By definition, the fragility index is calculated using a Fisher's exact test.1 Other methods, such as a Chi squared test, are commonly used to compare a dichotomous (binary) outcome in clinical trials. Particularly for small trials, the P value from a Fisher's exact test can be discrepant from a Chi squared test. In the cases where a Fisher's exact test produces a non-significant P value (without "converting" a patient from a non-event to an event), the fragility index is reported as '0' and clearly emphasizes the lack of robustness of the trial data.

Limitations of the Fragility Index

Because of how a fragility index is calculated, there are several inherent limitations to its use:

  1. Use of Fisher's exact test for statistical significance - In the manuscript describing the fragility index,1 the authors decided to use a Fisher's exact test for the calculation procedure. In general, this tends to be more conservative (more prone to a type II error) than other methods, such as a Chi squared test. This difference in statistical test can lead to a fragility index of zero even though the original study showed statistically significant results.
  2. Only appropriate for dichotomous (binary) outcomes - The fragility index cannot be applied to an outcome that is a continuous variable. For example, a primary endpoint using a modified Rankin scale (a scale measuring death or disability between 0 and 6) is not appropriate for a Fisher's exact test (and thus not appropriate for a fragility index calculation). With that said, however, some studies do dichotomize a continuous endpoint. For example, an endpoint of "good outcome" (modified Rankin scale of 0 to 3) versus a "bad outcome" (modified Rankin 4 to 6) converts a continuous variable to a binary variable, in which case a fragility index can be calculated.
  3. Possibly not appropriate for time-to-event outcomes - Although many time-to-event outcomes are usually dichotomous (eg, mortality), the fragility index does not account for the difference in outcome over time. Particularly in longer studies with variable follow-up time periods and treatment durations, an analysis accounting for time (such as a Kaplan-Meier curve or Cox proportional hazards model) are more appropriate than a simple binary outcome analysis without accounting for time.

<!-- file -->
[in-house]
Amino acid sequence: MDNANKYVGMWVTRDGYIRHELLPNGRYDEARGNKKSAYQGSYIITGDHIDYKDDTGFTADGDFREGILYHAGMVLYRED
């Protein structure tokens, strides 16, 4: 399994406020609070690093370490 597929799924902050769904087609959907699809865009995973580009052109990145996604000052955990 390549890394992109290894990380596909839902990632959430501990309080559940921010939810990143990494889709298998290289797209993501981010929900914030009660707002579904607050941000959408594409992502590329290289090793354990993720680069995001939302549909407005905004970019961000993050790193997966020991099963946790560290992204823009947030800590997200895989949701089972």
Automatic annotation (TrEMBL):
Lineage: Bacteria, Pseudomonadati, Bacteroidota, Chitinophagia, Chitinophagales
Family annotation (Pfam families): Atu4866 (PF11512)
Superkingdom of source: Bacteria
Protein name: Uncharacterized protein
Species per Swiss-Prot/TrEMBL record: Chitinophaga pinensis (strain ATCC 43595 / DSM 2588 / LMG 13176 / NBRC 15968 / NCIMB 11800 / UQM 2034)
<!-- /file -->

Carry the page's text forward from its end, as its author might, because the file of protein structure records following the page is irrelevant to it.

4. No standard fragility index "cut-off"As discussed above (What Is an "Acceptable" Fragility Index?), there is no specific cut-off or lower limit of the fragility index to classify a study as "fragile" or "robust". To a large extent, the interpretation of the fragility index and the interpretation of the index in conjunction with the trial's results are inherently subjective.

References and Additional Reading

  1. Walsh M, Srinathan SK, McAuley DF, et al. The statistical significance of randomized controlled trial results is frequently fragile: a case for a Fragility Index. J Clin Epidemiol. 2014 Jun;67(6):622-8. doi: 10.1016/j.jclinepi.2013.10.019. PMID 24508144
  2. Evaniew N, Files C, Smith C, et al. The fragility of statistically significant findings from randomized trials in spine surgery: a systematic survey. Spine J. 2015 Oct 1;15(10):2188-97. doi: 10.1016/j.spinee.2015.06.004. PMID 26072464
  3. Ridgeon EE, Young PJ, Bellomo R, et al. The Fragility Index in Multicenter Randomized Controlled Critical Care Trials. Crit Care Med. 2016 Jul;44(7):1278-84. doi: 10.1097/CCM.0000000000001670. PMID 26963326